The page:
“Nip/Tuck” continues to defy its audience’s expectations by overwhelming them.
It could have been nothing more than a one-joke novelty act: a racy adult comedy-drama about a pair of plastic surgeons who (as we are reminded in this week’s episode) earn 70 percent of their seven-figure income from breast implants.
Never fear, “Nip/Tuck” doesn’t shy from boob jobs (even, this week, for a man).
But, in its second season, this FX series continues to do much more, using cosmetic surgery as a gateway to the soul. With sly agility it puts its characters under the knife to expose hidden truths about love, sex, beauty, aging, heartache, manhood and the vagaries of male friendship.
It remains TV’s most fearless series — and not just because of those all-too-graphic, music-accompanied surgery scenes. In the hands of creator Ryan Murphy, “Nip/Tuck” remains outrageous yet assured as it bridges the gap between outward appearances and private verities, continuing to startle its audience in the process.
On the surface, dashing single-guy Dr. Christian Troy and understated family man Dr. Sean McNamara have been living the dream, and “Nip/Tuck” basks in their success: their lucrative Miami Beach practice; Sean’s happy home; Christian’s glamorous women and bachelor pad.
But holding on to what they have is the trick. And so far they have weathered malpractice suits, extortion, a death threat, assault, plus cash-flow problems and midlife crises. In a riotously funny moment on this often funny drama, lady-killer Christian broke his nose during sex. “Nip/Tuck” teeters at the brink of disaster on a nearly weekly basis.
Crisis managementNow they have hit a crisis like none before. They now know what viewers suspected for some time: that Christian is the father of Sean’s high-school-age son from when, in college, he slept (just once) with Sean’s wife, Julia — probably the only woman this binge womanizer has ever loved.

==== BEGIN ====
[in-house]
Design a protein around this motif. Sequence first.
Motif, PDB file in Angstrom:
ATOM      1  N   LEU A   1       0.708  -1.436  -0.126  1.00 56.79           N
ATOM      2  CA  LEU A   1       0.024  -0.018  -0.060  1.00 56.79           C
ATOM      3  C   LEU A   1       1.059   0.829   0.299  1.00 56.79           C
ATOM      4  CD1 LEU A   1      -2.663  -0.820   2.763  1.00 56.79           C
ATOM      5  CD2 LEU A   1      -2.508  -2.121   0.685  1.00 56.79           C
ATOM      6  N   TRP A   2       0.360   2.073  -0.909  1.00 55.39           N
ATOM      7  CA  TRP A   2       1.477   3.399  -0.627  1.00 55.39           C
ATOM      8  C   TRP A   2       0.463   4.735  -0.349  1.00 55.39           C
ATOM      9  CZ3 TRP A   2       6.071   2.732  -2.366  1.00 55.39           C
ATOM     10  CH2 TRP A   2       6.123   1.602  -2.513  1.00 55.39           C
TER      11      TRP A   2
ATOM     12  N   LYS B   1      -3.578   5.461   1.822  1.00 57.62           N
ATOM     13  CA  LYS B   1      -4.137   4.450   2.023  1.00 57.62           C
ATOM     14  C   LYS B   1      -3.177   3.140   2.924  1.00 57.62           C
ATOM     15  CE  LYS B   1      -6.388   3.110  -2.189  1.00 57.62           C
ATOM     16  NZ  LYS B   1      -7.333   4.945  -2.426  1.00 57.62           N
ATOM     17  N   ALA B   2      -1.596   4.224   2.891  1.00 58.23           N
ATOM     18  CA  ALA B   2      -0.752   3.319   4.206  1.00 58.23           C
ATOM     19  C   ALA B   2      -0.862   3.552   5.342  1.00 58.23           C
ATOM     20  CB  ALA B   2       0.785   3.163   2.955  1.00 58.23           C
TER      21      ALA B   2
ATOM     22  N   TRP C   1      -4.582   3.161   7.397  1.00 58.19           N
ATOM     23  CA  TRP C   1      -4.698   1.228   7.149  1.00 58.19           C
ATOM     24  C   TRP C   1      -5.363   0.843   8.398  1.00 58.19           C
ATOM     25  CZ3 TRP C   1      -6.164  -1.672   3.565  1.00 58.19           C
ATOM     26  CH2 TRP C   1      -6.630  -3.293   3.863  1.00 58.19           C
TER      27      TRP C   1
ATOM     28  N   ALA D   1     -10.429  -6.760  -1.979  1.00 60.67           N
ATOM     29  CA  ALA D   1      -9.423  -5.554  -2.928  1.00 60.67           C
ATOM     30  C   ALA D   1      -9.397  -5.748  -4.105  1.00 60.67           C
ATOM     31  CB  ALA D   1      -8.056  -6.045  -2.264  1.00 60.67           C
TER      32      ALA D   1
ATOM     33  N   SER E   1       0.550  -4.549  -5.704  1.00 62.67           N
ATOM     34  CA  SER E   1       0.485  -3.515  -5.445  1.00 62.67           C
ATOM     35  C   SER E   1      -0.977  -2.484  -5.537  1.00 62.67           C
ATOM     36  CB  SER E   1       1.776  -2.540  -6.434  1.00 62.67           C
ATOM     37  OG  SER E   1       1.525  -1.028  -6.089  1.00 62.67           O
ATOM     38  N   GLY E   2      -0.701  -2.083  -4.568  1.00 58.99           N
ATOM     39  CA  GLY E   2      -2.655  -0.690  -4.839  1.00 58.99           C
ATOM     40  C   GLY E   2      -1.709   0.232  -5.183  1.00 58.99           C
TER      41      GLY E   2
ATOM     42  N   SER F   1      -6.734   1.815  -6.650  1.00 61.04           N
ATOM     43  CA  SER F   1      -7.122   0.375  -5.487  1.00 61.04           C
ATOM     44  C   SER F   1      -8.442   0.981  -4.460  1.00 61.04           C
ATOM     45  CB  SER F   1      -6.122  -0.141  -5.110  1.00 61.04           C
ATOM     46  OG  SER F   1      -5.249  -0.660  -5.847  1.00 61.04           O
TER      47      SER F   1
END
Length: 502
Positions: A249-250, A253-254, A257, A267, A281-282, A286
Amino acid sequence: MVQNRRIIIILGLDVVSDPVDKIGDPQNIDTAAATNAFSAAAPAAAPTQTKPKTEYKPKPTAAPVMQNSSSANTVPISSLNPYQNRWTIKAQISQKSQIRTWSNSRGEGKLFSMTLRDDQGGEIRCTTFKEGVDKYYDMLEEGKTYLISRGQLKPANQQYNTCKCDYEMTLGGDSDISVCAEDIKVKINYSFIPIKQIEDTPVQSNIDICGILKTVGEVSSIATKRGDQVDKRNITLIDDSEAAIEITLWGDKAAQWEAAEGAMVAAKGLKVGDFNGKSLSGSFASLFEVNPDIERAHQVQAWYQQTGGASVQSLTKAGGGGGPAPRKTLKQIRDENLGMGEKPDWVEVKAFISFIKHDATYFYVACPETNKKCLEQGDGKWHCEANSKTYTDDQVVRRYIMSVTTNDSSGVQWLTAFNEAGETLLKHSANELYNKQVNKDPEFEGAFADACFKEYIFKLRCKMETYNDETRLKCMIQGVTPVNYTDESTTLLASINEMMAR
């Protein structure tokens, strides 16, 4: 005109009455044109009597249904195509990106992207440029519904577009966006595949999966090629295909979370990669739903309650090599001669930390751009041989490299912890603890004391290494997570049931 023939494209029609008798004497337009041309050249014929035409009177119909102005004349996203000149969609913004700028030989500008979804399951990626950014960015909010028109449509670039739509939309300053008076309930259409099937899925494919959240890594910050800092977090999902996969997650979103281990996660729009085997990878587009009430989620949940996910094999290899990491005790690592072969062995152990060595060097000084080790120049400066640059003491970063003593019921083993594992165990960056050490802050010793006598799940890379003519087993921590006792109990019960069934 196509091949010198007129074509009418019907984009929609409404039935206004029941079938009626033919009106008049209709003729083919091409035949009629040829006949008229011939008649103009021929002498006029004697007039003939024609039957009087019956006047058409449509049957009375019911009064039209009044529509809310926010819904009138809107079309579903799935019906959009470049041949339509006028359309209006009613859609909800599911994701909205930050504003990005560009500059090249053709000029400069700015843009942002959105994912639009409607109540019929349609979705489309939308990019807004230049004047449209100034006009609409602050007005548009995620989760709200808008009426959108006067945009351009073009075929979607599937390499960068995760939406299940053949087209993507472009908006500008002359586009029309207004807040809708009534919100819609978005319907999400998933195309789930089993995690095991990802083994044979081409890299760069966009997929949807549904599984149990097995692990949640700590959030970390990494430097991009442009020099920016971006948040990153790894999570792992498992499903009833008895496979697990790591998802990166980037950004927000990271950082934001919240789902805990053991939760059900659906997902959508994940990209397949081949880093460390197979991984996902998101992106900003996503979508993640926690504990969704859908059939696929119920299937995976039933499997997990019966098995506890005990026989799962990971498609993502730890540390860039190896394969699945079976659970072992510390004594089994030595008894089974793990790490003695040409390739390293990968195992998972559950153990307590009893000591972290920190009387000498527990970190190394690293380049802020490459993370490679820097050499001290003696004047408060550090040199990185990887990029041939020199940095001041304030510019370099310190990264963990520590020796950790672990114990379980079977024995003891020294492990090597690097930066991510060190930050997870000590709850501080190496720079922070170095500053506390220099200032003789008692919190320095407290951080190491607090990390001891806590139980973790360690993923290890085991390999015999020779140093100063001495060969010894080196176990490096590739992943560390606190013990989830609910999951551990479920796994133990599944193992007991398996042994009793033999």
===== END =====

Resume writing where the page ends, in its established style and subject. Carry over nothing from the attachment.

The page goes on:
Sean has taken the news badly, to say the least. But just as it seemed their practice was on the rocks, the doctors last week were summoned to take part in one final case: experimental surgery to separate adult conjoined twins.
The operation was a failure. The twins, it turned out, never wanted to live life apart. The lesson wasn’t lost on Christian and Sean. Still bonded as each other’s best friend, they will carry on together, however damaged their partnership.
“I will never forgive you for what happened,” Sean (played by Dylan Walsh) told Christian (Julian McMahon). Then, referring to his son, to whom Christian is godfather, he added: “We raised Matt together. He was always the best part of both of us, and that’s a connection I can’t let die.”
On this week’s episode (Tuesday at 10 p.m.), it’s poor Julia, the female point of the triangle, who continues to take the brunt of Sean’s rage. Unhinged, he has thrown her out of their house and can barely bring himself to speak to her.
“Sean, why is it that you can forgive Christian but not me?” asks Julia (Joely Richardson), who, being a woman, just can’t understand.
“I don’t know if I’ve forgiven him,” seethes Sean. “How dare you ask me that?”
Chronicling dissatisfactionMeanwhile, Kimber Henry, a dishy actress-model-whatever whom Christian has previously dated and discarded, is back in the picture — and in the doctors’ office for a consultation, along with her prototype of a life-size “Miss Kimber” sex doll being marketed by her adult-film producer. She wants the doctors’ services in, um, improving a part of its anatomy.
“I have orifice approval,” she announces.
Before the episode is over, Sean has bedded “Miss Kimber” in a startling tryst (a first for TV drama?) as well as its flesh-and-blood counterpart (played by Kelly Carlson). Thus does “Nip/Tuck” again investigate the sometimes shadowy distinction between what’s fantasy and what’s real, while demonstrating man’s capacity for vengeance against those he loves most: With Kimber, Sean gets to punish both Christian and Julia.
In short, “Nip/Tuck” chronicles dissatisfaction.
The theme song, played against images of stark-white, perfect mannequins, implores, “Make me beautiful.”
And “Tell me what you don’t like about yourself” is the standard refrain from Sean and Christian to their prospective clients — the assumption being that self-acceptance is a function of appearance.
Sometimes it is. But more often on “Nip/Tuck,” the lives and labors of Sean and Christian add up to disappointment.
“I can see the doll is well fabricated,” Sean tells Kimber when she meets with him and Christian. “But in the end, she’s just rubber. She’s not real.”
To which Kimber replies, “Sometimes, Doctor, real isn’t what you want.”
That may be. But obscuring the difference is what they’re all about.